Published on May 16th, 2017 | by James Ayre0
Vehicle-To-Grid Discharge, Even At Constant Power, Is Detrimental To EV Battery Performance, Study Finds
May 16th, 2017 by James Ayre
There have long been critics of the idea of widespread use of electric vehicle (EV) vehicle-to-grid (V2G) technologies for a variety of reasons, but largely in relation to the potential damage done to EV batteries, and thus reduced battery lifespan.
New research from the Hawaii Natural Energy Institute at the University of Hawaii at Manoa seems to clearly support this assertion — the extra cycling that accompanies use of an EV battery for grid balancing, even when at constant power, reduces EV battery cell performance significantly.
The researchers note, though, that simply delaying the charging of EVs as a means of balancing the grid would have only a “negligible” effect on EV batteries, and could thus represent a better option. However, this could prove to not be the case in environments warmer than “room temperature.”
Green Car Congress provides more: “The Hawaii team performed laboratory testing on commercial Li-ion cells to investigate the impact of bidirectional charging on Panasonic 18650 NCA batteries. The researchers investigated the effects of V2G/G2V combined with different charging schedules (1 or 2 charges a day, immediate or delayed charging) and different charging currents (level 2 or fast charging). Further, the effect of calendar aging at different temperatures was also investigated in a second set of experiments.”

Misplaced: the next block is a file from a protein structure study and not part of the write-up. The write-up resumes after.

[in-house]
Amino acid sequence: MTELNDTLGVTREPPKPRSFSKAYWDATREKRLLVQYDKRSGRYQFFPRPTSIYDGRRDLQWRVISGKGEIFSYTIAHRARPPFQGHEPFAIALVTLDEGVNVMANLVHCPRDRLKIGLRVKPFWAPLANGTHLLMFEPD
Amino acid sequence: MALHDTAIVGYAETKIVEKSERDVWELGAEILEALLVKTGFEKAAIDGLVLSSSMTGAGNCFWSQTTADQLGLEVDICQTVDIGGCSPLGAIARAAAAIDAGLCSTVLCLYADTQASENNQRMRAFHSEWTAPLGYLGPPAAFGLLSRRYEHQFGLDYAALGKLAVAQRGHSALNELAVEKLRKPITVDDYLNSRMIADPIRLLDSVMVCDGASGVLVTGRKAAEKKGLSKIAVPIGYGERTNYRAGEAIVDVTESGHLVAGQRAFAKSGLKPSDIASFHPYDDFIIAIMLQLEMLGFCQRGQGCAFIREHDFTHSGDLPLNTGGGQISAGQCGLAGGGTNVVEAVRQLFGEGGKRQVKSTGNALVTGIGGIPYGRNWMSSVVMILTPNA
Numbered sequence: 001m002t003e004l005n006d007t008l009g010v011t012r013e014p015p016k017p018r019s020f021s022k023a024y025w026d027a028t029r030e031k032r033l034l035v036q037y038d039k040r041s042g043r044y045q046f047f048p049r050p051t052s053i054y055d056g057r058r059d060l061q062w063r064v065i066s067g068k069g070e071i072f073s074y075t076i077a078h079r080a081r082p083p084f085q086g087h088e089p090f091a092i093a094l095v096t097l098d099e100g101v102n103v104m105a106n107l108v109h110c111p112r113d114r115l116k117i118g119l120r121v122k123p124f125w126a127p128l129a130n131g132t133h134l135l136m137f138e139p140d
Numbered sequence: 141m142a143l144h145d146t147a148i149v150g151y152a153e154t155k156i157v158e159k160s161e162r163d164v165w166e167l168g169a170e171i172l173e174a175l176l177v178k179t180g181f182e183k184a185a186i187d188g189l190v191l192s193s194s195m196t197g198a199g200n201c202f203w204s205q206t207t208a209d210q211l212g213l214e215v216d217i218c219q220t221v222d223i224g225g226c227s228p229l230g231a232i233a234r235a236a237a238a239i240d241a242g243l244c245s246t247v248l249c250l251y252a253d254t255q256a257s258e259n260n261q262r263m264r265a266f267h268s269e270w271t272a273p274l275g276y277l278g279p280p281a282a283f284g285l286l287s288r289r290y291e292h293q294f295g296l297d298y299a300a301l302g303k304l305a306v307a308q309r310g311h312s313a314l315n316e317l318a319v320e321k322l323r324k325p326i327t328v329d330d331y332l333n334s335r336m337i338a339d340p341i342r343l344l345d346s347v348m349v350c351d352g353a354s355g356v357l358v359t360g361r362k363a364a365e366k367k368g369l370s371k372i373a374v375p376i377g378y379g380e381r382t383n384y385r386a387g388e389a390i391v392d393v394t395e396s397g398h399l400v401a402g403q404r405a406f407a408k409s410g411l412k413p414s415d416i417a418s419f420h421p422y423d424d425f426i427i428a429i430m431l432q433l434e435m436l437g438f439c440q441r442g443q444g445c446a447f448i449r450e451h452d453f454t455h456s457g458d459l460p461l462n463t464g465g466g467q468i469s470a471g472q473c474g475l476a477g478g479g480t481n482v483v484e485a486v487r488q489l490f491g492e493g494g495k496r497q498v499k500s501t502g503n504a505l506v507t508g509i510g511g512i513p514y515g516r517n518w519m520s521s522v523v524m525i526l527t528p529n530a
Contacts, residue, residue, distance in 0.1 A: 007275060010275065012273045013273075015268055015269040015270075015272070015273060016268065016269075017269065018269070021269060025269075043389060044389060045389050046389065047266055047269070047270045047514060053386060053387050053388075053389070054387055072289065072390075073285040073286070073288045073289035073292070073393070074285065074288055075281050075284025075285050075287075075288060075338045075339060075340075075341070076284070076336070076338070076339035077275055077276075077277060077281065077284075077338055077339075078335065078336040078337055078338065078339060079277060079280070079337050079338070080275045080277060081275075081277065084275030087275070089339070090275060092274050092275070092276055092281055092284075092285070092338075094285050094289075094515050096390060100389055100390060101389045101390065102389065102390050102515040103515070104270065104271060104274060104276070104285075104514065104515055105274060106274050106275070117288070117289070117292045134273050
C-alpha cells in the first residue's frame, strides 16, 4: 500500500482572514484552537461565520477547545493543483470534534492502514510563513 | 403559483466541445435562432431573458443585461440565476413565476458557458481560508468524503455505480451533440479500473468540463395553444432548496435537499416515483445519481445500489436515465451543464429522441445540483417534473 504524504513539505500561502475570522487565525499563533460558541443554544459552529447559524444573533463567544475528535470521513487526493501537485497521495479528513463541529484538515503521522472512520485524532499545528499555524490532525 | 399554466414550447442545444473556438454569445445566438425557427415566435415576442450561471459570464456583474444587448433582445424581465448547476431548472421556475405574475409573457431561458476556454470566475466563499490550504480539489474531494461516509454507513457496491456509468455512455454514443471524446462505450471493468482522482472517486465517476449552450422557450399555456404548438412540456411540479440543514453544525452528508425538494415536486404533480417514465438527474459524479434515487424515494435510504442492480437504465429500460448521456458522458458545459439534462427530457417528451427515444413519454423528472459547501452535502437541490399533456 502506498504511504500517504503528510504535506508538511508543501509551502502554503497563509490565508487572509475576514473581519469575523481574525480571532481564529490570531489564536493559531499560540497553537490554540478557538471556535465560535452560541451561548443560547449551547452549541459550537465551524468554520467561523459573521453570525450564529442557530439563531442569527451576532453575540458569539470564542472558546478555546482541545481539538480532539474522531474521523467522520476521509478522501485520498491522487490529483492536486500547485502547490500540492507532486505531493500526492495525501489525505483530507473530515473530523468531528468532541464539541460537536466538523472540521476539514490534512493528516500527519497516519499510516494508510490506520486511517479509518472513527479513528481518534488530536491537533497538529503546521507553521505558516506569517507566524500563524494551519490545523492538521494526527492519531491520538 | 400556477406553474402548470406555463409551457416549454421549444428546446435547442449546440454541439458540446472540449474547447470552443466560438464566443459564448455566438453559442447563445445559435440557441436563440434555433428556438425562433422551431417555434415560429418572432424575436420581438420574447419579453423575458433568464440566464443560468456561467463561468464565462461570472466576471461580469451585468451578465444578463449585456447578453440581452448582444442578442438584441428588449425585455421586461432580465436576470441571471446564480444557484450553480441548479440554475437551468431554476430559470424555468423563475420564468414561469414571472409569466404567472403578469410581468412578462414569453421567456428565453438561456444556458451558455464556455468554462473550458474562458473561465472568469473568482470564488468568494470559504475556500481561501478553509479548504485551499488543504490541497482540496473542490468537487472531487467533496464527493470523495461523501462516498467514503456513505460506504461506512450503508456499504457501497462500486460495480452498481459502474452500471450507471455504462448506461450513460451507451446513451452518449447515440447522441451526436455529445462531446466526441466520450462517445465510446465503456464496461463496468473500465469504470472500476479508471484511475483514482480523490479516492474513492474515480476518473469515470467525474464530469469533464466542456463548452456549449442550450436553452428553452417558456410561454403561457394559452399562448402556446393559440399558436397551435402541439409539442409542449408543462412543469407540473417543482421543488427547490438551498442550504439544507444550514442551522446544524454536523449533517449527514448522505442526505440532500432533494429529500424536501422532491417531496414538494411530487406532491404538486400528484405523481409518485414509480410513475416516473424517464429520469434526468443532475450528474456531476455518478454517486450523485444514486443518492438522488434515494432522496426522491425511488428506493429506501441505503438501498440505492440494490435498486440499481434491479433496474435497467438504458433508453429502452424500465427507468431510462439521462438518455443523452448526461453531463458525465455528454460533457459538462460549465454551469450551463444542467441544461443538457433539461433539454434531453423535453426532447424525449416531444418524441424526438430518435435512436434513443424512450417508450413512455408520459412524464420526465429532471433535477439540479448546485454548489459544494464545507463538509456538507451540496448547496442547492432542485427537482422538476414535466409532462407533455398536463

“The team concluded that a V2G step twice a day increased battery capacity loss by 75% and the resistance by 10%. This step once a day accelerated the capacity loss by 33% and the resistance increase by 5%. Forecasts based on the measurement results indicated that that V2G implementation would decrease the lifetime of the battery packs to under 5 years.”
“The team also found that calendar aging influenced the cells little enough that it was beneficial to charge the cells twice a day instead of once. Charging twice per day resulted in 5% less capacity loss and similar resistance increase compared to once per day.”
The new work is detailed in a paper published in the Journal of Power Sources.
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